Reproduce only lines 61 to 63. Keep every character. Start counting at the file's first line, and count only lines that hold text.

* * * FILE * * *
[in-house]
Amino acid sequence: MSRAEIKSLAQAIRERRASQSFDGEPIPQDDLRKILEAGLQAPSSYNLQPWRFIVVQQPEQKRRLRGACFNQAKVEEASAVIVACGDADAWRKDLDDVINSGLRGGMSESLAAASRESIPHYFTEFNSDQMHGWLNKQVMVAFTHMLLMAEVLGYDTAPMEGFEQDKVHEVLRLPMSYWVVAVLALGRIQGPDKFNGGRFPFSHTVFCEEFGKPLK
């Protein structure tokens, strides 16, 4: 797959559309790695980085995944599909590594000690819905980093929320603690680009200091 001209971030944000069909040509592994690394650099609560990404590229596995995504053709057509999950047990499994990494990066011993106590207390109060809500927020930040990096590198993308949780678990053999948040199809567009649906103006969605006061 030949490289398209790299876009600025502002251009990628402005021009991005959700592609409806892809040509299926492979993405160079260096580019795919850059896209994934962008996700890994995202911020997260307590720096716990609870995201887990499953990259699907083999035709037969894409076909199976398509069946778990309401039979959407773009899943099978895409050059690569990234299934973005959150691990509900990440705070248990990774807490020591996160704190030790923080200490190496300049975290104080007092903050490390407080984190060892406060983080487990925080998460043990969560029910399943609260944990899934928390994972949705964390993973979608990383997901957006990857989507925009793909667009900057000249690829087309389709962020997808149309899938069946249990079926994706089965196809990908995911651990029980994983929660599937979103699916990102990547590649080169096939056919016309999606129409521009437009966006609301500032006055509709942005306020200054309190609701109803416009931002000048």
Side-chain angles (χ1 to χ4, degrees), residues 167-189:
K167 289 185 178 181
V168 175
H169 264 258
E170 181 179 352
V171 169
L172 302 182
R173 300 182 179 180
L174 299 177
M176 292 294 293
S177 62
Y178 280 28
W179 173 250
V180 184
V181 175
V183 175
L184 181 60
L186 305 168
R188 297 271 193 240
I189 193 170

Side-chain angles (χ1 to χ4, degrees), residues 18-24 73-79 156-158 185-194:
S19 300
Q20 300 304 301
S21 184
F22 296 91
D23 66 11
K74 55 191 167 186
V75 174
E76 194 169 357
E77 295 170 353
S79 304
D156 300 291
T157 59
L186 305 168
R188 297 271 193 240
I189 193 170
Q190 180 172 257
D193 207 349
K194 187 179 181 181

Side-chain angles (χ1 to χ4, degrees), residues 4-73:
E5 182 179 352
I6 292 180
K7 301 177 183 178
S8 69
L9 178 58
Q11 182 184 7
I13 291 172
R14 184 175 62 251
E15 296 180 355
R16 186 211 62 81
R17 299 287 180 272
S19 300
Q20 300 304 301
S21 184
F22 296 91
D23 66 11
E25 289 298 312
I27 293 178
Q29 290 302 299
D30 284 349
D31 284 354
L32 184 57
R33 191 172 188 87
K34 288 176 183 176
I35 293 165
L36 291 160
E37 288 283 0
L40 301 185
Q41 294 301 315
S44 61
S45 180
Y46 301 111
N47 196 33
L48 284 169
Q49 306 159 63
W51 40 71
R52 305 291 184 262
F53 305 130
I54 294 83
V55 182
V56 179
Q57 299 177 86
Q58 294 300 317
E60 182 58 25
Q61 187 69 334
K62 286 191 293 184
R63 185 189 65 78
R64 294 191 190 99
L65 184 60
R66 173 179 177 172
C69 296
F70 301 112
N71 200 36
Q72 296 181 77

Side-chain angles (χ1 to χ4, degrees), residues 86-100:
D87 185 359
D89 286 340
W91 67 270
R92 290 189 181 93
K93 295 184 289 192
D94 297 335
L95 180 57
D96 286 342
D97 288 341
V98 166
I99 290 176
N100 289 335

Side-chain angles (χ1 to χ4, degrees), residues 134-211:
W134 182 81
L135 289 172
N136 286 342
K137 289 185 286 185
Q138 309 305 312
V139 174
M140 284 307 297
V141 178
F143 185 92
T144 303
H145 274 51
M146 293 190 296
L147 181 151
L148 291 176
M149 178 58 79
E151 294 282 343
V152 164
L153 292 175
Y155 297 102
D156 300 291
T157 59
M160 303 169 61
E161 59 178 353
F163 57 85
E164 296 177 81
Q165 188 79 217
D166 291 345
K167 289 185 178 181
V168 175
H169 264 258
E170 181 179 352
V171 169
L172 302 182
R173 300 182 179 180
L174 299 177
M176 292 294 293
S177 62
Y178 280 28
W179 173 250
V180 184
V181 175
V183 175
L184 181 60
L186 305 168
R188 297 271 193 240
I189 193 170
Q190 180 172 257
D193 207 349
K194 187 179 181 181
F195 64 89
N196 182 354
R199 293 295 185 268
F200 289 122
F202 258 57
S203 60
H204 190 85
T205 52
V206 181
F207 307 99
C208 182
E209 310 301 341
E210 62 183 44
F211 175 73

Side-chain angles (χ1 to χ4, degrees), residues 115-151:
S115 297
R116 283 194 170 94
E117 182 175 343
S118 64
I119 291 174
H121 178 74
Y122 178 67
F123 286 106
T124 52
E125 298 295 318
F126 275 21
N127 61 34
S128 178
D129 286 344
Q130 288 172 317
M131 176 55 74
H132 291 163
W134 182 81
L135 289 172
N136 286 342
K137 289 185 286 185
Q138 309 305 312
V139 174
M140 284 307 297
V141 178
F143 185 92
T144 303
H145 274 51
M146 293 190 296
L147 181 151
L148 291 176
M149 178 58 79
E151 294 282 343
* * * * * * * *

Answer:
I27 293 178
Q29 290 302 299
D30 284 349